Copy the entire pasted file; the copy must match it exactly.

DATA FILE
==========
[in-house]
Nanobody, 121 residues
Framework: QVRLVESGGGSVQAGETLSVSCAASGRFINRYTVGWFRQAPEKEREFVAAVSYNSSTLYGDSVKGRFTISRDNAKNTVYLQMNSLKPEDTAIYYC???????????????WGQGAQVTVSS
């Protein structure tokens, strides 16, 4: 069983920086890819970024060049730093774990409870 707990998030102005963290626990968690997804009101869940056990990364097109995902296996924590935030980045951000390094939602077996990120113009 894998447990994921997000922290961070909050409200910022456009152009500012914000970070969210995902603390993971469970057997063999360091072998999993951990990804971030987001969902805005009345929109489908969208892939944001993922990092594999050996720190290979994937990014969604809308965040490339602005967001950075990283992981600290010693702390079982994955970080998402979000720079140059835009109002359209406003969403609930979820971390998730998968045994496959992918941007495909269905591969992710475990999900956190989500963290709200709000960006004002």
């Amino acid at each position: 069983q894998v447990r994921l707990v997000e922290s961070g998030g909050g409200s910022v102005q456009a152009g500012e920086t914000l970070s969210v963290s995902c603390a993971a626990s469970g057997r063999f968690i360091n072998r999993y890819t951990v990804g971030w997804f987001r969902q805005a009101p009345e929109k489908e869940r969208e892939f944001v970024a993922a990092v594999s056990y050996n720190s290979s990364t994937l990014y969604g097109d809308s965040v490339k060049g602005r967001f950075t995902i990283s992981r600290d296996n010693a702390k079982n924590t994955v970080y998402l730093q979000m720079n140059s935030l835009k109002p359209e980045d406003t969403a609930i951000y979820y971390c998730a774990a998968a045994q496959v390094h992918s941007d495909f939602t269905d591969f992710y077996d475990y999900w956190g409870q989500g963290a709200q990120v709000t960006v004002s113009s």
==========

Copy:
[in-house]
Nanobody, 121 residues
Framework: QVRLVESGGGSVQAGETLSVSCAASGRFINRYTVGWFRQAPEKEREFVAAVSYNSSTLYGDSVKGRFTISRDNAKNTVYLQMNSLKPEDTAIYYC???????????????WGQGAQVTVSS
């Protein structure tokens, strides 16, 4: 069983920086890819970024060049730093774990409870 707990998030102005963290626990968690997804009101869940056990990364097109995902296996924590935030980045951000390094939602077996990120113009 894998447990994921997000922290961070909050409200910022456009152009500012914000970070969210995902603390993971469970057997063999360091072998999993951990990804971030987001969902805005009345929109489908969208892939944001993922990092594999050996720190290979994937990014969604809308965040490339602005967001950075990283992981600290010693702390079982994955970080998402979000720079140059835009109002359209406003969403609930979820971390998730998968045994496959992918941007495909269905591969992710475990999900956190989500963290709200709000960006004002």
């Amino acid at each position: 069983q894998v447990r994921l707990v997000e922290s961070g998030g909050g409200s910022v102005q456009a152009g500012e920086t914000l970070s969210v963290s995902c603390a993971a626990s469970g057997r063999f968690i360091n072998r999993y890819t951990v990804g971030w997804f987001r969902q805005a009101p009345e929109k489908e869940r969208e892939f944001v970024a993922a990092v594999s056990y050996n720190s290979s990364t994937l990014y969604g097109d809308s965040v490339k060049g602005r967001f950075t995902i990283s992981r600290d296996n010693a702390k079982n924590t994955v970080y998402l730093q979000m720079n140059s935030l835009k109002p359209e980045d406003t969403a609930i951000y979820y971390c998730a774990a998968a045994q496959v390094h992918s941007d495909f939602t269905d591969f992710y077996d475990y999900w956190g409870q989500g963290a709200q990120v709000t960006v004002s113009s």